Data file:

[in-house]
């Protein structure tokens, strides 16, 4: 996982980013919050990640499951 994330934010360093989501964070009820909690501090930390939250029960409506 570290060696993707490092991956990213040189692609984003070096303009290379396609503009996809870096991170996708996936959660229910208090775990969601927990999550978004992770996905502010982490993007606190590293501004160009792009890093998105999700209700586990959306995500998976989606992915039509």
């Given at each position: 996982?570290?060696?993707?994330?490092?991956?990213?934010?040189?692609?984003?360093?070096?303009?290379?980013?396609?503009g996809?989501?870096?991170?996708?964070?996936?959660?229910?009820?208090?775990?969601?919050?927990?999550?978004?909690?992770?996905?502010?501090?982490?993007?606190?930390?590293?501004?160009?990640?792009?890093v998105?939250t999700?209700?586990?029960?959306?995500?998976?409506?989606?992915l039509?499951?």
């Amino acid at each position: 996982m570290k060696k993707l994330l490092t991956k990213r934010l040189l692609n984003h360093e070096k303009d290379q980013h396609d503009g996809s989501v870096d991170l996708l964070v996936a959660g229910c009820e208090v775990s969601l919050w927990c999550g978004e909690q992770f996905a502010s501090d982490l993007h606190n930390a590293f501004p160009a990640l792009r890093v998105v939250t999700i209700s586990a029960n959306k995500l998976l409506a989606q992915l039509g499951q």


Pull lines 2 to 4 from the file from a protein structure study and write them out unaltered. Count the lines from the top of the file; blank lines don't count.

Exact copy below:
């Protein structure tokens, strides 16, 4: 996982980013919050990640499951 994330934010360093989501964070009820909690501090930390939250029960409506 570290060696993707490092991956990213040189692609984003070096303009290379396609503009996809870096991170996708996936959660229910208090775990969601927990999550978004992770996905502010982490993007606190590293501004160009792009890093998105999700209700586990959306995500998976989606992915039509």
């Given at each position: 996982?570290?060696?993707?994330?490092?991956?990213?934010?040189?692609?984003?360093?070096?303009?290379?980013?396609?503009g996809?989501?870096?991170?996708?964070?996936?959660?229910?009820?208090?775990?969601?919050?927990?999550?978004?909690?992770?996905?502010?501090?982490?993007?606190?930390?590293?501004?160009?990640?792009?890093v998105?939250t999700?209700?586990?029960?959306?995500?998976?409506?989606?992915l039509?499951?």
């Amino acid at each position: 996982m570290k060696k993707l994330l490092t991956k990213r934010l040189l692609n984003h360093e070096k303009d290379q980013h396609d503009g996809s989501v870096d991170l996708l964070v996936a959660g229910c009820e208090v775990s969601l919050w927990c999550g978004e909690q992770f996905a502010s501090d982490l993007h606190n930390a590293f501004p160009a990640l792009r890093v998105v939250t999700i209700s586990a029960n959306k995500l998976l409506a989606q992915l039509g499951q």